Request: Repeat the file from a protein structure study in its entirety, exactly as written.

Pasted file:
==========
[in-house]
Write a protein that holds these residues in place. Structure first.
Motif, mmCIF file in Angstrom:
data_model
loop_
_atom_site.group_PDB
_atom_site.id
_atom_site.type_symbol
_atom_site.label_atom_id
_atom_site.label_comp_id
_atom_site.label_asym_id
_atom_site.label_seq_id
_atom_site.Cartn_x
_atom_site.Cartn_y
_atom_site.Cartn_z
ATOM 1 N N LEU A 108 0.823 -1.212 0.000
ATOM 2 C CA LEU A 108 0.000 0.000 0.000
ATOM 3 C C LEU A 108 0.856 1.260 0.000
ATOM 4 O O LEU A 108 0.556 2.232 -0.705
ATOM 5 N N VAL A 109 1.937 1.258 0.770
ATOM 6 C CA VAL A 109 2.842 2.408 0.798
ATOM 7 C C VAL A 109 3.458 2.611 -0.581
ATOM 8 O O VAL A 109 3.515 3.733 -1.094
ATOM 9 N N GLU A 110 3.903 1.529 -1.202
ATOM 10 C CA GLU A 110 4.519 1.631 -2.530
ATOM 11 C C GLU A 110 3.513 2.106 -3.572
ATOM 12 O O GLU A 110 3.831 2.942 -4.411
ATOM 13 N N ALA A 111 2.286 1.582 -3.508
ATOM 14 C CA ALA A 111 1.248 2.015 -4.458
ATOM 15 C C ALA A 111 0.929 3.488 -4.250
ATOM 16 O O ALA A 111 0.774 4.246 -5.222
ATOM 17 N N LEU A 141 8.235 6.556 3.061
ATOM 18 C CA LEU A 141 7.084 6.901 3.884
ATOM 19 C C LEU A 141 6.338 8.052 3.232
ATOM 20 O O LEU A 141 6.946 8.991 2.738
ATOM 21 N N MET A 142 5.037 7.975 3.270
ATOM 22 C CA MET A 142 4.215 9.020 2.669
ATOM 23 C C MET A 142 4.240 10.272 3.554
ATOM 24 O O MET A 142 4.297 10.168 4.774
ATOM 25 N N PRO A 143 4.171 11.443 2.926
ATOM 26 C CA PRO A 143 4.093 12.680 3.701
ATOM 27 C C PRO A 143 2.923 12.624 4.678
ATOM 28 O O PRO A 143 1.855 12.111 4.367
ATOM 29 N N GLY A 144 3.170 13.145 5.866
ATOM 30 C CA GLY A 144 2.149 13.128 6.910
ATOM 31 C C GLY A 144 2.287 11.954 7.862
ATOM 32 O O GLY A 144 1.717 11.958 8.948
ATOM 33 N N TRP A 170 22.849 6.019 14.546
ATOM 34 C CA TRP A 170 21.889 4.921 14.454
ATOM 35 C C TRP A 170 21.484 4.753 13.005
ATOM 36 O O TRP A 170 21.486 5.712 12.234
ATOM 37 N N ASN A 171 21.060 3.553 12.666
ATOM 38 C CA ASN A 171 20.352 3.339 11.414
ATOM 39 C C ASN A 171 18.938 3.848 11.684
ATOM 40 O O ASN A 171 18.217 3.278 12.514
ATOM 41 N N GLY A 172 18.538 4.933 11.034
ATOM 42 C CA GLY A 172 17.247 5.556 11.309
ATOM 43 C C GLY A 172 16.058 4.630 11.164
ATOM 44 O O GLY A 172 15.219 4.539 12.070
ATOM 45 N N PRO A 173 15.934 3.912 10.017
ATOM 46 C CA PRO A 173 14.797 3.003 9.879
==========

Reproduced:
[in-house]
Write a protein that holds these residues in place. Structure first.
Motif, mmCIF file in Angstrom:
data_model
loop_
_atom_site.group_PDB
_atom_site.id
_atom_site.type_symbol
_atom_site.label_atom_id
_atom_site.label_comp_id
_atom_site.label_asym_id
_atom_site.label_seq_id
_atom_site.Cartn_x
_atom_site.Cartn_y
_atom_site.Cartn_z
ATOM 1 N N LEU A 108 0.823 -1.212 0.000
ATOM 2 C CA LEU A 108 0.000 0.000 0.000
ATOM 3 C C LEU A 108 0.856 1.260 0.000
ATOM 4 O O LEU A 108 0.556 2.232 -0.705
ATOM 5 N N VAL A 109 1.937 1.258 0.770
ATOM 6 C CA VAL A 109 2.842 2.408 0.798
ATOM 7 C C VAL A 109 3.458 2.611 -0.581
ATOM 8 O O VAL A 109 3.515 3.733 -1.094
ATOM 9 N N GLU A 110 3.903 1.529 -1.202
ATOM 10 C CA GLU A 110 4.519 1.631 -2.530
ATOM 11 C C GLU A 110 3.513 2.106 -3.572
ATOM 12 O O GLU A 110 3.831 2.942 -4.411
ATOM 13 N N ALA A 111 2.286 1.582 -3.508
ATOM 14 C CA ALA A 111 1.248 2.015 -4.458
ATOM 15 C C ALA A 111 0.929 3.488 -4.250
ATOM 16 O O ALA A 111 0.774 4.246 -5.222
ATOM 17 N N LEU A 141 8.235 6.556 3.061
ATOM 18 C CA LEU A 141 7.084 6.901 3.884
ATOM 19 C C LEU A 141 6.338 8.052 3.232
ATOM 20 O O LEU A 141 6.946 8.991 2.738
ATOM 21 N N MET A 142 5.037 7.975 3.270
ATOM 22 C CA MET A 142 4.215 9.020 2.669
ATOM 23 C C MET A 142 4.240 10.272 3.554
ATOM 24 O O MET A 142 4.297 10.168 4.774
ATOM 25 N N PRO A 143 4.171 11.443 2.926
ATOM 26 C CA PRO A 143 4.093 12.680 3.701
ATOM 27 C C PRO A 143 2.923 12.624 4.678
ATOM 28 O O PRO A 143 1.855 12.111 4.367
ATOM 29 N N GLY A 144 3.170 13.145 5.866
ATOM 30 C CA GLY A 144 2.149 13.128 6.910
ATOM 31 C C GLY A 144 2.287 11.954 7.862
ATOM 32 O O GLY A 144 1.717 11.958 8.948
ATOM 33 N N TRP A 170 22.849 6.019 14.546
ATOM 34 C CA TRP A 170 21.889 4.921 14.454
ATOM 35 C C TRP A 170 21.484 4.753 13.005
ATOM 36 O O TRP A 170 21.486 5.712 12.234
ATOM 37 N N ASN A 171 21.060 3.553 12.666
ATOM 38 C CA ASN A 171 20.352 3.339 11.414
ATOM 39 C C ASN A 171 18.938 3.848 11.684
ATOM 40 O O ASN A 171 18.217 3.278 12.514
ATOM 41 N N GLY A 172 18.538 4.933 11.034
ATOM 42 C CA GLY A 172 17.247 5.556 11.309
ATOM 43 C C GLY A 172 16.058 4.630 11.164
ATOM 44 O O GLY A 172 15.219 4.539 12.070
ATOM 45 N N PRO A 173 15.934 3.912 10.017
ATOM 46 C CA PRO A 173 14.797 3.003 9.879